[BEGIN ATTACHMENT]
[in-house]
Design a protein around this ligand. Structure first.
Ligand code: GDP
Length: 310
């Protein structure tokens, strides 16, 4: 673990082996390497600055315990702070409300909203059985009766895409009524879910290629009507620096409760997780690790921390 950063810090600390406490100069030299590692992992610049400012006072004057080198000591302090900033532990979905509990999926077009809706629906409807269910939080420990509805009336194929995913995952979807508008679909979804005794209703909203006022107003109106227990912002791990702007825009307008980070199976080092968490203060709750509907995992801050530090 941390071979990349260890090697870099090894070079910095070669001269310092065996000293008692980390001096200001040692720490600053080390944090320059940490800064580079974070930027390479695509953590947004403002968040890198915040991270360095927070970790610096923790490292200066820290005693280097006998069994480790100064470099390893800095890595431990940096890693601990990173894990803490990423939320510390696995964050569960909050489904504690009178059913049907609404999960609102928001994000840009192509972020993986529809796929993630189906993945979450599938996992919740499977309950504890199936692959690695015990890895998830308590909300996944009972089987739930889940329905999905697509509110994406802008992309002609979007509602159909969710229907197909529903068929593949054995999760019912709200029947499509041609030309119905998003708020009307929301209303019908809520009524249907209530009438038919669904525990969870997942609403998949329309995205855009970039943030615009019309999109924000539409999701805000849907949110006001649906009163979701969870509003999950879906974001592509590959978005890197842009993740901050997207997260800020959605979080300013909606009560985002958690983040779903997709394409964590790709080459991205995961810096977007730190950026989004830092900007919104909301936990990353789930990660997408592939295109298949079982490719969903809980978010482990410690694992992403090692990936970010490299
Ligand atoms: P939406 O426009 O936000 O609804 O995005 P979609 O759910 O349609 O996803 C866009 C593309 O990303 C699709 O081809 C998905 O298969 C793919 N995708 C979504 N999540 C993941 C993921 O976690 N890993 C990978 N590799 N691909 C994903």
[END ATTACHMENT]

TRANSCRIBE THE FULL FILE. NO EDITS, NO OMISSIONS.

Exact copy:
[in-house]
Design a protein around this ligand. Structure first.
Ligand code: GDP
Length: 310
């Protein structure tokens, strides 16, 4: 673990082996390497600055315990702070409300909203059985009766895409009524879910290629009507620096409760997780690790921390 950063810090600390406490100069030299590692992992610049400012006072004057080198000591302090900033532990979905509990999926077009809706629906409807269910939080420990509805009336194929995913995952979807508008679909979804005794209703909203006022107003109106227990912002791990702007825009307008980070199976080092968490203060709750509907995992801050530090 941390071979990349260890090697870099090894070079910095070669001269310092065996000293008692980390001096200001040692720490600053080390944090320059940490800064580079974070930027390479695509953590947004403002968040890198915040991270360095927070970790610096923790490292200066820290005693280097006998069994480790100064470099390893800095890595431990940096890693601990990173894990803490990423939320510390696995964050569960909050489904504690009178059913049907609404999960609102928001994000840009192509972020993986529809796929993630189906993945979450599938996992919740499977309950504890199936692959690695015990890895998830308590909300996944009972089987739930889940329905999905697509509110994406802008992309002609979007509602159909969710229907197909529903068929593949054995999760019912709200029947499509041609030309119905998003708020009307929301209303019908809520009524249907209530009438038919669904525990969870997942609403998949329309995205855009970039943030615009019309999109924000539409999701805000849907949110006001649906009163979701969870509003999950879906974001592509590959978005890197842009993740901050997207997260800020959605979080300013909606009560985002958690983040779903997709394409964590790709080459991205995961810096977007730190950026989004830092900007919104909301936990990353789930990660997408592939295109298949079982490719969903809980978010482990410690694992992403090692990936970010490299
Ligand atoms: P939406 O426009 O936000 O609804 O995005 P979609 O759910 O349609 O996803 C866009 C593309 O990303 C699709 O081809 C998905 O298969 C793919 N995708 C979504 N999540 C993941 C993921 O976690 N890993 C990978 N590799 N691909 C994903």